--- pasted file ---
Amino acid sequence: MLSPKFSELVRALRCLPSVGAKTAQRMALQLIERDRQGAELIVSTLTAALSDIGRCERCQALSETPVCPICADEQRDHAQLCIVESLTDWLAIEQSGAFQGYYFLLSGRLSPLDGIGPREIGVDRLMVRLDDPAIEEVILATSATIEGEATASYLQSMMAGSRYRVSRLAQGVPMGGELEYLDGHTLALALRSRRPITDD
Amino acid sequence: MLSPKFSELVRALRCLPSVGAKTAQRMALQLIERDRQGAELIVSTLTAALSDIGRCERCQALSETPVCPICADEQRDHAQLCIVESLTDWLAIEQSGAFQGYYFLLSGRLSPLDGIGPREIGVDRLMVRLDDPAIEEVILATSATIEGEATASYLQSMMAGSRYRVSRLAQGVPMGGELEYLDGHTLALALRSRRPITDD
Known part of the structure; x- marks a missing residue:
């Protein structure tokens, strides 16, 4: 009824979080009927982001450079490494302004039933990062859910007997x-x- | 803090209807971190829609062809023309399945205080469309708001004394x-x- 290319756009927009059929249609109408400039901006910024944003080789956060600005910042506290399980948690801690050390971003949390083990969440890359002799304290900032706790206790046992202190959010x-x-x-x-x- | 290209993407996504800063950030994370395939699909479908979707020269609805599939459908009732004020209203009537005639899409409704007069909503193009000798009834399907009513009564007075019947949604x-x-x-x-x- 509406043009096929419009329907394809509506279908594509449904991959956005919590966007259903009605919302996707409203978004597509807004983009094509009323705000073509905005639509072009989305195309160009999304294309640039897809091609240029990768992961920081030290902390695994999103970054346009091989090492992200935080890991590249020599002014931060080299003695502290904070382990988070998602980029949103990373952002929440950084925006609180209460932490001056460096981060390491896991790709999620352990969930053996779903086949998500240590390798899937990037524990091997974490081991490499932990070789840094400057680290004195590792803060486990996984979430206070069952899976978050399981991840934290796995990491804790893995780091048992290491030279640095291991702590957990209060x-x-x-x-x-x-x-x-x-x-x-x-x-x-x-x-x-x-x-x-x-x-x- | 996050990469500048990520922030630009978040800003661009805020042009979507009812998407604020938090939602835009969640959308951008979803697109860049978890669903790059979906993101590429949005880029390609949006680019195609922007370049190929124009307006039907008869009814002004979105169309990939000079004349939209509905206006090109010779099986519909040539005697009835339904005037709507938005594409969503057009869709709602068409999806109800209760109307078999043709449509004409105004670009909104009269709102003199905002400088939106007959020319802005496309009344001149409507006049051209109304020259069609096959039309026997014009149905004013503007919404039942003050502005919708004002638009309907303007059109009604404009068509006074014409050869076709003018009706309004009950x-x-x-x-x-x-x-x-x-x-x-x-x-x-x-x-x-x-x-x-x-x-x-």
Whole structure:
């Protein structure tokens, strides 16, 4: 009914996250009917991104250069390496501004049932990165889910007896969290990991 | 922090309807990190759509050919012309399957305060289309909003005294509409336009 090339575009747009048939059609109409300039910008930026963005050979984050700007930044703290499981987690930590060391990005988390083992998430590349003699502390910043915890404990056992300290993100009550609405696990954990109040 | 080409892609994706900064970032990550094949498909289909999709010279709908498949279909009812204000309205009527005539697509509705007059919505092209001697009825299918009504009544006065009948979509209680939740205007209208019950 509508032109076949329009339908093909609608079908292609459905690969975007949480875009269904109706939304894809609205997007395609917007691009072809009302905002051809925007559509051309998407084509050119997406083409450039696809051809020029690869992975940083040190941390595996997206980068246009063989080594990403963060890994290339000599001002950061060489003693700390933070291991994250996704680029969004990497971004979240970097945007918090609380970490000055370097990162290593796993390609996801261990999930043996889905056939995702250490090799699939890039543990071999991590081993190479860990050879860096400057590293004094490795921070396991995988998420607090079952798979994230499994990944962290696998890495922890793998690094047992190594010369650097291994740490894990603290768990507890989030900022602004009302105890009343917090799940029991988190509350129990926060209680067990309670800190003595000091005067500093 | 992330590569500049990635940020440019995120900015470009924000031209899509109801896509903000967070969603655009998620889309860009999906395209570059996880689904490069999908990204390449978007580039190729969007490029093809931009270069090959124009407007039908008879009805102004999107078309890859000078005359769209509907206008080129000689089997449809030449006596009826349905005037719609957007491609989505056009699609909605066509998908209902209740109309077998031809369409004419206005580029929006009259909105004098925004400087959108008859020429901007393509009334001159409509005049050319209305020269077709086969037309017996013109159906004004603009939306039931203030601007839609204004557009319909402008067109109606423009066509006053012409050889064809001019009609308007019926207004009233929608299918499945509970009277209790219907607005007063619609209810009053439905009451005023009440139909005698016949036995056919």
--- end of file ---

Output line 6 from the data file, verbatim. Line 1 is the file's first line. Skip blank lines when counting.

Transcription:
């Protein structure tokens, strides 16, 4: 009914996250009917991104250069390496501004049932990165889910007896969290990991 | 922090309807990190759509050919012309399957305060289309909003005294509409336009 090339575009747009048939059609109409300039910008930026963005050979984050700007930044703290499981987690930590060391990005988390083992998430590349003699502390910043915890404990056992300290993100009550609405696990954990109040 | 080409892609994706900064970032990550094949498909289909999709010279709908498949279909009812204000309205009527005539697509509705007059919505092209001697009825299918009504009544006065009948979509209680939740205007209208019950 509508032109076949329009339908093909609608079908292609459905690969975007949480875009269904109706939304894809609205997007395609917007691009072809009302905002051809925007559509051309998407084509050119997406083409450039696809051809020029690869992975940083040190941390595996997206980068246009063989080594990403963060890994290339000599001002950061060489003693700390933070291991994250996704680029969004990497971004979240970097945007918090609380970490000055370097990162290593796993390609996801261990999930043996889905056939995702250490090799699939890039543990071999991590081993190479860990050879860096400057590293004094490795921070396991995988998420607090079952798979994230499994990944962290696998890495922890793998690094047992190594010369650097291994740490894990603290768990507890989030900022602004009302105890009343917090799940029991988190509350129990926060209680067990309670800190003595000091005067500093 | 992330590569500049990635940020440019995120900015470009924000031209899509109801896509903000967070969603655009998620889309860009999906395209570059996880689904490069999908990204390449978007580039190729969007490029093809931009270069090959124009407007039908008879009805102004999107078309890859000078005359769209509907206008080129000689089997449809030449006596009826349905005037719609957007491609989505056009699609909605066509998908209902209740109309077998031809369409004419206005580029929006009259909105004098925004400087959108008859020429901007393509009334001159409509005049050319209305020269077709086969037309017996013109159906004004603009939306039931203030601007839609204004557009319909402008067109109606423009066509006053012409050889064809001019009609308007019926207004009233929608299918499945509970009277209790219907607005007063619609209810009053439905009451005023009440139909005698016949036995056919």